Wednesday, December 23, 2009
65. THE HELP - Kathryn Stockett
For the love of Thor, get this book. Read it in your book groups. Discuss it. Ruminate. Journal about it. I finished it days ago and could not write this review because I keep thinking about it.
Set in 1960s Jackson, Mississippi, all of the maids ("colored" or "nigra") wait on white women during their bridge games, parent the family's children, scrub the house, cook the meals, and say, "Yes Ma'am" and count the silver. She will use a separate bathroom, and she cannot eat with the family. If one is fired for backtalk or thievery, the head of Jackson society, Miss Hilly, will ensure that woman will never be employed in that town again.
Miss Skeeter, daughter of a cotton grower and his former-debutante wife, has bigger plans than the diamond on the finger and kids in the nursery. She wants to be a writer. Through her determination, she gets to talk to a New York agent. When told to come up with something no one talks about, Skeeter realizes that the relationship between the maids and their employers is a sharp subject. The problem is that no one wants to talk for fear of what Miss Hilly, one of Skeeter's best friends, will do if she finds out.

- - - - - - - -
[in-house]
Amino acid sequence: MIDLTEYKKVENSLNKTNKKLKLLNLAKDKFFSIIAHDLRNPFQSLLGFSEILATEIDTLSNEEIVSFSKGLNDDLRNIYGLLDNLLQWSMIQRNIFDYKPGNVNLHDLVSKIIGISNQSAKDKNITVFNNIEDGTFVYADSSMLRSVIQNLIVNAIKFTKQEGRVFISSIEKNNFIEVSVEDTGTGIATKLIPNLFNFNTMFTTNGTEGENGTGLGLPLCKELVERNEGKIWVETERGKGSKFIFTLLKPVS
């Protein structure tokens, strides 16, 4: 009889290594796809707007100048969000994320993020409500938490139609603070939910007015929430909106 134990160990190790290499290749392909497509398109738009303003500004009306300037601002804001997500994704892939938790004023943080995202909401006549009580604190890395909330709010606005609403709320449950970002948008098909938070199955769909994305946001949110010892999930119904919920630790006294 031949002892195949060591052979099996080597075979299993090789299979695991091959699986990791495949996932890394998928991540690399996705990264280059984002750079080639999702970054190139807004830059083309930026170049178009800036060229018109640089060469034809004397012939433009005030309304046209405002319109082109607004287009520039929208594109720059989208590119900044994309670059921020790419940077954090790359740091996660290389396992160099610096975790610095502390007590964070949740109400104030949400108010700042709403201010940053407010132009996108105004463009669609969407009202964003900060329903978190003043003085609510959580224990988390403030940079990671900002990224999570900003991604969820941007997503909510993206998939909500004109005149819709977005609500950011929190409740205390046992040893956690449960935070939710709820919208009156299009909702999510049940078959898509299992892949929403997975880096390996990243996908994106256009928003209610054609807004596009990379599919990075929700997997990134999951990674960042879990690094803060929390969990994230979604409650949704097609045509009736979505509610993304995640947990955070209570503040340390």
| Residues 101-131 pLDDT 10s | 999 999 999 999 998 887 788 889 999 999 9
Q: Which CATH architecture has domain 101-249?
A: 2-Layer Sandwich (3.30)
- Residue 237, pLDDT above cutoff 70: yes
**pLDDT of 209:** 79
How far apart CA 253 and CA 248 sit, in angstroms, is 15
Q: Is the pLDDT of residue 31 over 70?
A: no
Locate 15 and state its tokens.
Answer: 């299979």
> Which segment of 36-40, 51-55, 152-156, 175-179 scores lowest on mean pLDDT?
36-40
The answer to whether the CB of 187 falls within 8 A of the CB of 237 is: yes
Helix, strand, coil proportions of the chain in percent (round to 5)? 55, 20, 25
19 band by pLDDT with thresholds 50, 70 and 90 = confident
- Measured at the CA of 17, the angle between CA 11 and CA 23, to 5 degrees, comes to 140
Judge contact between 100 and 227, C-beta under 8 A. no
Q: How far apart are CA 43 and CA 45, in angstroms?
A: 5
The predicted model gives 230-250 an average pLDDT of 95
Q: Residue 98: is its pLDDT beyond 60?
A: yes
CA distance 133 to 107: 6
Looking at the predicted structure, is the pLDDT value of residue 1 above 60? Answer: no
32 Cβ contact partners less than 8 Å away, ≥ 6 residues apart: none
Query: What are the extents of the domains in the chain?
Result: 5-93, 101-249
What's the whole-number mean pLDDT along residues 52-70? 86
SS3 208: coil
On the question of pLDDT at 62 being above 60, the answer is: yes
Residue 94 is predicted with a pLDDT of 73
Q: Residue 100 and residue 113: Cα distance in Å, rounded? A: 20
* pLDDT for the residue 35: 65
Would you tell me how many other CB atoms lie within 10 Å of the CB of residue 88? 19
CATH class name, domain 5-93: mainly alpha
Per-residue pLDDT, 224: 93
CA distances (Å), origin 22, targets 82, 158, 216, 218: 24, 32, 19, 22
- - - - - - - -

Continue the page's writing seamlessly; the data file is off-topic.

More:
Minny and Aibileen are wonderful characters as the first maids to speak of their experiences to Skeeter. However, even with Skeeter's kindness during this racially-wrought period (Kennedy forcing the governor to allow a black student into "Ole Miss," the rise before Martin Luther King's "I Have a Dream" speech), I wonder of the irony of her motives. She is using black women to get ahead. I wonder at the author's motives - a white woman writing in black vernacular.
The book made me think and analyze and create opinions. What could be more delicious?
4.3 out of 5.0 So-Co Teas.